I used my Mom's recipe, here, for Mexican Rice. Plus I made a trio of salsas: chunky Pico de Gallo, Red Chile, and a green Roasted Tomatillo. Click on any salsa name to see the recipes.

I finally made a veggie stew called Calabsitas (click here) with squash, corn, onion, zucchini, tomato and Mexican cheese. I went down so well that very little was left over.

 It was too much of a delicious party and I had plenty of leftovers. So after a few days of Carnitas Tacos, to change it up, I started making Carnitas Bowls.

I first chop up some tomato, onion and cilantro. I had some extra cheese so i shredded a little bit. I took out some of my homemade Tomatillo Salsa, too.

In a large bowl I added the leftovers that needed microwaving: beans, rice and carnitas. I stored the carnitas with some of the marinade it was cooked in, so the meat stayed moist when heated.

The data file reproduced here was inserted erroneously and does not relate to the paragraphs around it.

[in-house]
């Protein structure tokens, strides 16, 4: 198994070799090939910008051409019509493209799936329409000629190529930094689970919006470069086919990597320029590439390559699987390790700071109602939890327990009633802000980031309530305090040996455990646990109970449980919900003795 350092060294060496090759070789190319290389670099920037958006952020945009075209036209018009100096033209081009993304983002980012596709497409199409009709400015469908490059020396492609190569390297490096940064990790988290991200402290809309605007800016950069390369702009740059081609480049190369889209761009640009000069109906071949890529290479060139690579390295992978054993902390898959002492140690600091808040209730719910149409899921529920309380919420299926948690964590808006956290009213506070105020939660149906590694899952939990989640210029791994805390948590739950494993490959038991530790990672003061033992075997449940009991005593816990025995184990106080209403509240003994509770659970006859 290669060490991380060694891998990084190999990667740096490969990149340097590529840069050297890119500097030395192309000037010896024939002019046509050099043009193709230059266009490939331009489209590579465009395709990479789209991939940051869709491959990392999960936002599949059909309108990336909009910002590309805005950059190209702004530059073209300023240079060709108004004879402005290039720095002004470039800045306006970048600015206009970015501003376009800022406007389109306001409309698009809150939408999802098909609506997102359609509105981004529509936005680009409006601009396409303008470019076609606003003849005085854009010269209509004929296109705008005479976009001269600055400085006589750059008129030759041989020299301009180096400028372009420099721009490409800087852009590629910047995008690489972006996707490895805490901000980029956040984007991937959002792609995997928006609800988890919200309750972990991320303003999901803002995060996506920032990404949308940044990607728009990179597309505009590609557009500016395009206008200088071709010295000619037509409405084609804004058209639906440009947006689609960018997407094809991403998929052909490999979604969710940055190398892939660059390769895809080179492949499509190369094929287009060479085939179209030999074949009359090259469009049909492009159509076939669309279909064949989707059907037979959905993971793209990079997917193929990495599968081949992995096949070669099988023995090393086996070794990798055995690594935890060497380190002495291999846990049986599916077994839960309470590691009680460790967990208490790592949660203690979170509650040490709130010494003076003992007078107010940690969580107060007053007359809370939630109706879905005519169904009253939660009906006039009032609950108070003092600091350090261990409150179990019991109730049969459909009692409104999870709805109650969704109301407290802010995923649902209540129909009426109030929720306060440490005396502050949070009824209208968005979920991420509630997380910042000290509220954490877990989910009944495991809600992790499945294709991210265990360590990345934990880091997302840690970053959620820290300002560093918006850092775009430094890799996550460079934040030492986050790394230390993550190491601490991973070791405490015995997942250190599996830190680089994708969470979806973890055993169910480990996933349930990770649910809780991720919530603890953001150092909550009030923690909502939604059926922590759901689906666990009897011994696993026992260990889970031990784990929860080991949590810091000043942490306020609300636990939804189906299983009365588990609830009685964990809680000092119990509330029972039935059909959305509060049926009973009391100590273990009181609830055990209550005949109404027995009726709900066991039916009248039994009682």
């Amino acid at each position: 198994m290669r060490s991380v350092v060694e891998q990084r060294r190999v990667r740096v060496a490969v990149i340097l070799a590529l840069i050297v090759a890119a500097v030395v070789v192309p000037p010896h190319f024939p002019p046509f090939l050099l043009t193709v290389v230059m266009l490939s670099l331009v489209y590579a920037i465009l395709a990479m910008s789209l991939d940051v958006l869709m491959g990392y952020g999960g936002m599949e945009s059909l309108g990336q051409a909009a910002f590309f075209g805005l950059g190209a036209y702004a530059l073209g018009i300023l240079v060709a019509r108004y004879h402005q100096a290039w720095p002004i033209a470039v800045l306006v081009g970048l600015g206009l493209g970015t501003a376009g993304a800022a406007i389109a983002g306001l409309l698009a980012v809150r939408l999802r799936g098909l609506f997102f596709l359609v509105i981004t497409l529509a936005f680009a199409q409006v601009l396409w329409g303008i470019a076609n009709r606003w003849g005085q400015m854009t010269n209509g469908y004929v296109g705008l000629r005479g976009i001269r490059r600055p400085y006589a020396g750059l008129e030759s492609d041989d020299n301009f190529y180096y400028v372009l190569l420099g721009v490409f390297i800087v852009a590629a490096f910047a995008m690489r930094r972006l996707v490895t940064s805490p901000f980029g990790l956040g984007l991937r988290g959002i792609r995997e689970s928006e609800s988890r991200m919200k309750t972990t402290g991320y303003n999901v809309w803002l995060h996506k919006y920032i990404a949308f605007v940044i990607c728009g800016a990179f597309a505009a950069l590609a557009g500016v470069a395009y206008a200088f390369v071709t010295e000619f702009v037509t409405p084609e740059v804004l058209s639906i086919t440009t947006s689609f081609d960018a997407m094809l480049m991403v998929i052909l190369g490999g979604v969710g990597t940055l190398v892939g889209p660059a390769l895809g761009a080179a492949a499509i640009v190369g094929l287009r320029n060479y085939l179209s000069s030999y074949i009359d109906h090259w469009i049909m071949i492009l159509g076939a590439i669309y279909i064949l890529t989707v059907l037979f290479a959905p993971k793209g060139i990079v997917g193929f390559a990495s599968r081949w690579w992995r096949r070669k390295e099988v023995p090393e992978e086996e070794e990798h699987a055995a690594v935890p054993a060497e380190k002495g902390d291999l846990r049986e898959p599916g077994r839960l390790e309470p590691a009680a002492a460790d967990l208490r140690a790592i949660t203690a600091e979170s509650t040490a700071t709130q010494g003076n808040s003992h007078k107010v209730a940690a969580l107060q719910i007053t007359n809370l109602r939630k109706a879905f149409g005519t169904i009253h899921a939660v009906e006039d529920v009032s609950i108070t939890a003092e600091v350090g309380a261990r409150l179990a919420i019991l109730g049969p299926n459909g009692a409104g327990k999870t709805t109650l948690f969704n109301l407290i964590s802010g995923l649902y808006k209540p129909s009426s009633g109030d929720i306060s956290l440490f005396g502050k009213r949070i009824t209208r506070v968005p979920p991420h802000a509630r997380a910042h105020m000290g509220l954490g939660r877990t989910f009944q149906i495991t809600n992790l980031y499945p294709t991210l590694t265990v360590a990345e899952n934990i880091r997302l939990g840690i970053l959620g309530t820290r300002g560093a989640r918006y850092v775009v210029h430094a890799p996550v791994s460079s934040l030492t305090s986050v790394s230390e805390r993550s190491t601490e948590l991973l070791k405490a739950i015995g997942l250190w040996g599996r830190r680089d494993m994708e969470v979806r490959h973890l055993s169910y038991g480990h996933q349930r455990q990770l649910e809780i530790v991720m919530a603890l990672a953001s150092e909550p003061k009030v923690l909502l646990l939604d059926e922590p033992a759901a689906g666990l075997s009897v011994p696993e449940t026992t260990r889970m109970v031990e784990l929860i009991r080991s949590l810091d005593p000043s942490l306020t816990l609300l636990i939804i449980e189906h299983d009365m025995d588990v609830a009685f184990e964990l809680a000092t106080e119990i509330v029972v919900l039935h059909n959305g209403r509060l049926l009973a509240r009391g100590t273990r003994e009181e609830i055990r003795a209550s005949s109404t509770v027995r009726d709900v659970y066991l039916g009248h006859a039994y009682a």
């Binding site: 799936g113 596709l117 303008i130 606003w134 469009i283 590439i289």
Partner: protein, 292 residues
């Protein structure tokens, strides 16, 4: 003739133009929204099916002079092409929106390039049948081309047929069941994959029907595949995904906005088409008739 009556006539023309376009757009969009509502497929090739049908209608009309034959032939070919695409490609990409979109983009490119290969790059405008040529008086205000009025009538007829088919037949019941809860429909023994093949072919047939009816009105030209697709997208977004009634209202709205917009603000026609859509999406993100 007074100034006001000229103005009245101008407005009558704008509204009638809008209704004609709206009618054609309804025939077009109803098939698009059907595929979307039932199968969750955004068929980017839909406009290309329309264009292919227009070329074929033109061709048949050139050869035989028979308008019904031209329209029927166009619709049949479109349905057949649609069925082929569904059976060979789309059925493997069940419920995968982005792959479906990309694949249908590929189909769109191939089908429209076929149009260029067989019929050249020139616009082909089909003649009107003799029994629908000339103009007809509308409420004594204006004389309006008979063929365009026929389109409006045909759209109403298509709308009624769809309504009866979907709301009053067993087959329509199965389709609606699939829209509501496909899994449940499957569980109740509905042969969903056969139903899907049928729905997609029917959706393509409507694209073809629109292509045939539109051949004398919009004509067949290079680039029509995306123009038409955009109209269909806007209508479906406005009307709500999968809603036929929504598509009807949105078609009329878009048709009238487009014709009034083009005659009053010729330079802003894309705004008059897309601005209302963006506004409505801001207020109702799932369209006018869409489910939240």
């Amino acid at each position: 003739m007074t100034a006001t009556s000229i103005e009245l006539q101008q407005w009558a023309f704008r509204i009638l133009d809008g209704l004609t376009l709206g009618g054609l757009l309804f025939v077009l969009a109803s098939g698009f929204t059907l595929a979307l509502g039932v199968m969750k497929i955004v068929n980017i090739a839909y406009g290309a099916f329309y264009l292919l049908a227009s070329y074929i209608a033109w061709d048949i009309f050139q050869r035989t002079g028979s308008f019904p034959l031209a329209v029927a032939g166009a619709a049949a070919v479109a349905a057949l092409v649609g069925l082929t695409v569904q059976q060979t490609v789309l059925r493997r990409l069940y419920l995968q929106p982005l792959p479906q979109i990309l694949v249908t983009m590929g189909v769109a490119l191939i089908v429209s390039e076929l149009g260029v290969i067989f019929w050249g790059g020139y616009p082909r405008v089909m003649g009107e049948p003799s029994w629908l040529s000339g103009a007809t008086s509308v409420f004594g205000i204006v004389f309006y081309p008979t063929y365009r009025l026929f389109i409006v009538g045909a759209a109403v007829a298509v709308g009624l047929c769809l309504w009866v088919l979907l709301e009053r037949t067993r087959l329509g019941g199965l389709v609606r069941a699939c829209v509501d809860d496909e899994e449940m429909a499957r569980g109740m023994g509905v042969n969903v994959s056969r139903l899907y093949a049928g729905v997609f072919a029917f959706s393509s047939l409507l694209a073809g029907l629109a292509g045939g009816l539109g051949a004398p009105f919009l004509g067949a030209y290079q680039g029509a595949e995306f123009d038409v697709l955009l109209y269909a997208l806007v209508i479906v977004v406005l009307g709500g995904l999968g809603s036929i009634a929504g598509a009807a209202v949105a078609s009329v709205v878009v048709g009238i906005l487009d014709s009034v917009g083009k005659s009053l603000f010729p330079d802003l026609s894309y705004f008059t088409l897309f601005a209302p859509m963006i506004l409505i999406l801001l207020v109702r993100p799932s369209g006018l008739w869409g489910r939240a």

The heated sauce also flavored the Mexican rice - so if you make my Carnitas recipe make sure to reserve plenty of flavorful cooked marinade.

After microwaving, for final assembly, I first added the cheese so it would soften from the heat. Next, I topped the bowl with the chopped tomato, onion and cilantro. And finally I spooned on some salsa.

It was so good. Over the next couple of days, the Carnitas Bowls lost a few ingredients as they were used up. But that's okay, each bowl was unique and all of them were delish.

My Carnitas Bowl is adaptable so make it your own. Add as much of the particular ingredients you like to balance the flavors in your favor.

Do try out my carnitas, beans and rice recipes and throw your own taco party. And make plenty so you can have leftovers to reward yourself with a tasty Carnitas Bowl.

Sunday, May 18, 2014

Spicy Krab Roll - Sushi Series